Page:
I just saw a fun, creative Tums Chewy Delights commercial on TV. Scenario: after a greasy yet satisfying dinner at a Chinese restaurant, a gentleman faces an imminent heartburn attack. The harbinger is the fortune he unrolls, a provocative message from none other than the man who frequently graces Chinese restaurant menus in the States (yet unheard of in China as a dish): General Tso. "THIS MEANS WAR — GENERAL TSO," the fortune reads, accompanied by a line of Chinese translation: "这意味着战争." Without delay, chopstick-catapults under the general's command unleash a salvo of chicken pieces. Morsels and sauce splash against the poor diner's shirt. Time for Tums to destroy the heartburn army! War is over.
It is the Chinese translation that destroys me. First of all, “这意味着战争” is an outright literal translation of "This means war." The problem is that even in English, "this means war" is not to be understood literally. It is not an explanation of what a situation means, but an avowal of anger and a forewarning of conflict. Such nuance is not immediately transferable in Chinese. Second, the fortune is signed "General Tso," which foreshadows the upcoming wordplay-inspired visual gag of General Tso leading the army of General Tso's chicken. The translation completely omits the signature, making it difficult for a non-bilingual, Chinese-speaking viewer in the U.S. to connect the dots.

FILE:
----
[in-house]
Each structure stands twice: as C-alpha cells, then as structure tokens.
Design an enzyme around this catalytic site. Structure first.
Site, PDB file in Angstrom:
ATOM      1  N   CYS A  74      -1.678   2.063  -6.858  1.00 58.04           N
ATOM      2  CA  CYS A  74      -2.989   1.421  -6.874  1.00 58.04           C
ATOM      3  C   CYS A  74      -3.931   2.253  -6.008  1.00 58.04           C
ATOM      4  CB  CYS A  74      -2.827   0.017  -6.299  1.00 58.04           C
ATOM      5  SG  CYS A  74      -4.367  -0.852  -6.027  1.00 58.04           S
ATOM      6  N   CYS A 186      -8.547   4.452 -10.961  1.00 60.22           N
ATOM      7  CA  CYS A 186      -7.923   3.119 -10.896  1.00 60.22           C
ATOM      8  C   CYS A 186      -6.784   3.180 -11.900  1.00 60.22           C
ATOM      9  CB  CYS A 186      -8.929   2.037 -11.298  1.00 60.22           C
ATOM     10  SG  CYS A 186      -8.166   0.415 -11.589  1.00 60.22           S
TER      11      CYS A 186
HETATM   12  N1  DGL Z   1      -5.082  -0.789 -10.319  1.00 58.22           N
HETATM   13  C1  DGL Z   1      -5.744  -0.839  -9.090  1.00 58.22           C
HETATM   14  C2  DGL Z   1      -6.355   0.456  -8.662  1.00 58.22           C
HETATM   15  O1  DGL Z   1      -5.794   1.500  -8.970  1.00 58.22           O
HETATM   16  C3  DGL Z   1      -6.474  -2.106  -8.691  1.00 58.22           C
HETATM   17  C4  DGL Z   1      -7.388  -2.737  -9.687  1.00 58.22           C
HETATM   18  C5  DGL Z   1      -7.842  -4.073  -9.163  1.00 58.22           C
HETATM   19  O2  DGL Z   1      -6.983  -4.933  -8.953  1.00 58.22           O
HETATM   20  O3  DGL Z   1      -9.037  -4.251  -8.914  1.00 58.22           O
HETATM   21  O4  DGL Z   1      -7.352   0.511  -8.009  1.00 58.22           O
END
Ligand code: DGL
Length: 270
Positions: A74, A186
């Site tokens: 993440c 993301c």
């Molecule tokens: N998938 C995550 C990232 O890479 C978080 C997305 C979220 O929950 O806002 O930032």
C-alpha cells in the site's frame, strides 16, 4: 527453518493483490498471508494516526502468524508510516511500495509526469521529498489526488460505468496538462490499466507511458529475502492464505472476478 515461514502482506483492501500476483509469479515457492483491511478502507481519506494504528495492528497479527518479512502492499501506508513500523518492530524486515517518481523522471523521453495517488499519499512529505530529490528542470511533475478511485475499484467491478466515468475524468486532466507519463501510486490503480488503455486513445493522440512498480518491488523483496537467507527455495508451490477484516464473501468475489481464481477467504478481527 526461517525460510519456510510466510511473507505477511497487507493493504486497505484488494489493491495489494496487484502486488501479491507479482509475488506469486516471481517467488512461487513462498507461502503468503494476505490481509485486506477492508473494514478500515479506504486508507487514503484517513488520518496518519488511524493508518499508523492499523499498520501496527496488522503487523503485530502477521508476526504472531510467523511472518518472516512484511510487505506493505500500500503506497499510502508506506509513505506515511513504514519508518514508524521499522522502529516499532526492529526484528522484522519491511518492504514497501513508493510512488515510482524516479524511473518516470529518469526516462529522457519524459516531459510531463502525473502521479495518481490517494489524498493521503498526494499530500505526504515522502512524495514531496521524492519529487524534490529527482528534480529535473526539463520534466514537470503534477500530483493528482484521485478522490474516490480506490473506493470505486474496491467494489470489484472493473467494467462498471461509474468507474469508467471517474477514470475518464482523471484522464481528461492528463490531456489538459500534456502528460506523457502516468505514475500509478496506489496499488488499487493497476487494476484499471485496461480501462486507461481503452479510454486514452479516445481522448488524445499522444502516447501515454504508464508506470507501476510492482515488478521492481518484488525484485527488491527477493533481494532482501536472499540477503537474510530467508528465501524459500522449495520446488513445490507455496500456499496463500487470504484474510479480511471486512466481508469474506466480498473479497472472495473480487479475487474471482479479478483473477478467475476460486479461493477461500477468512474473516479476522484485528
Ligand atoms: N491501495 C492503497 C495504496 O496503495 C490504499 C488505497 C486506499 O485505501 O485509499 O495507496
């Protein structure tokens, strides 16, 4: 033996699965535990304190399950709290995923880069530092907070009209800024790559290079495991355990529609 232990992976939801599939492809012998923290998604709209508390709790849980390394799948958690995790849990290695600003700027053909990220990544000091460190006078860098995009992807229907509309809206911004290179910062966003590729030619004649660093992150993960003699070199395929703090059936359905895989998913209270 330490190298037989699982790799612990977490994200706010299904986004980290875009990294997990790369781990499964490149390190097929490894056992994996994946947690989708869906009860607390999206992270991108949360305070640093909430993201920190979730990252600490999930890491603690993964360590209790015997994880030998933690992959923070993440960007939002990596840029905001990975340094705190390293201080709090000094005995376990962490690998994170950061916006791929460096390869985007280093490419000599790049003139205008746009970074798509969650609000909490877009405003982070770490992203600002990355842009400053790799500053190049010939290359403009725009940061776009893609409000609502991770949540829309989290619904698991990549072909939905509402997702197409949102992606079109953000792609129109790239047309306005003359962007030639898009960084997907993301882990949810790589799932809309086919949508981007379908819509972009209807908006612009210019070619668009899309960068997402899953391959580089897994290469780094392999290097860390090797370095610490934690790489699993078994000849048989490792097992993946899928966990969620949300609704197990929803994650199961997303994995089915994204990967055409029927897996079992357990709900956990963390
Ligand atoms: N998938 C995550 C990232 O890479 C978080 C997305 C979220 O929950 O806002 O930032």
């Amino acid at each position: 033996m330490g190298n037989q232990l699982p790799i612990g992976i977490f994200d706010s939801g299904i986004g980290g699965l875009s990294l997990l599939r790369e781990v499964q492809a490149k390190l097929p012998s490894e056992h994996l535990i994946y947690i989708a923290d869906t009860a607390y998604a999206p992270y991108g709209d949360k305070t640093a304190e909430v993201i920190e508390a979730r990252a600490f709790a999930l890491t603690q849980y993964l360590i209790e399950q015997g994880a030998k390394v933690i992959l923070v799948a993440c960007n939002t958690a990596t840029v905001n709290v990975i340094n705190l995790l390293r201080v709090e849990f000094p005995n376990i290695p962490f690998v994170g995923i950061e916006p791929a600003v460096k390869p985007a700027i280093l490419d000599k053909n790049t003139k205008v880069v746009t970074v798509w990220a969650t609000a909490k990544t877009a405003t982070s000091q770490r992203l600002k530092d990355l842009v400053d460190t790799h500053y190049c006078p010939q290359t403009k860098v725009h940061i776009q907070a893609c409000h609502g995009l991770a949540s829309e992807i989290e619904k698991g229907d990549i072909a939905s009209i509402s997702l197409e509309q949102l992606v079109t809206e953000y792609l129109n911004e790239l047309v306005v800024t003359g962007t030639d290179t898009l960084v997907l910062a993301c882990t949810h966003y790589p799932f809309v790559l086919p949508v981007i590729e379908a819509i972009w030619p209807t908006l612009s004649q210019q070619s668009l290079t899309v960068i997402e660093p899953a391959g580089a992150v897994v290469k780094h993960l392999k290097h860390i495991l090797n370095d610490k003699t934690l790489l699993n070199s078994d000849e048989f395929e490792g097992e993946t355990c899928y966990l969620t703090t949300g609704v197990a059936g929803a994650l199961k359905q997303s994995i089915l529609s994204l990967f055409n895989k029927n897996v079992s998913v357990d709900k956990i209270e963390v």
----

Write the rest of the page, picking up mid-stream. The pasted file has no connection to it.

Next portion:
Based on the above considerations, I would translate the fortune into "决战开始——左宗棠宣.“ “决战开始” means "let the critical battle begin," which conveys the essence of the fortune as a declaration of war. Instead of General Tso, 左将军, I choose to use his full name 左宗棠 (Zuo Zongtang) in keeping with how he is customarily referred to in Chinese. By the way, even at Chinese restaurants, General Tso's chicken is known as 左宗棠鸡 (Zuo Zongtang's chicken), not “左将军鸡," the literal translation. I also add the character “宣," "announce" in the end to drive home the point that this is a 战书, an official declaration of war.
Finally, a caveat: General Tso's chicken is not an authentic Chinese dish, but an invention of Chinese-American cooking. Therefore, this commercial would not make a lick of sense if it were aired in China, no matter how good the translation may be. Of course, Tums has not expanded into the Chinese market yet, so the scenario is unlikely. Nevertheless, I would like to make the point that translators are not passive transcribers who simply repeat what's said into another language, but active language and culture observers whose expertise directly effects a campaign's impact. After conceptualization, writing, and copyediting, translation is often the last link of a global campaign. But a chain is only as strong as its weakest link. Don't let it be your translator.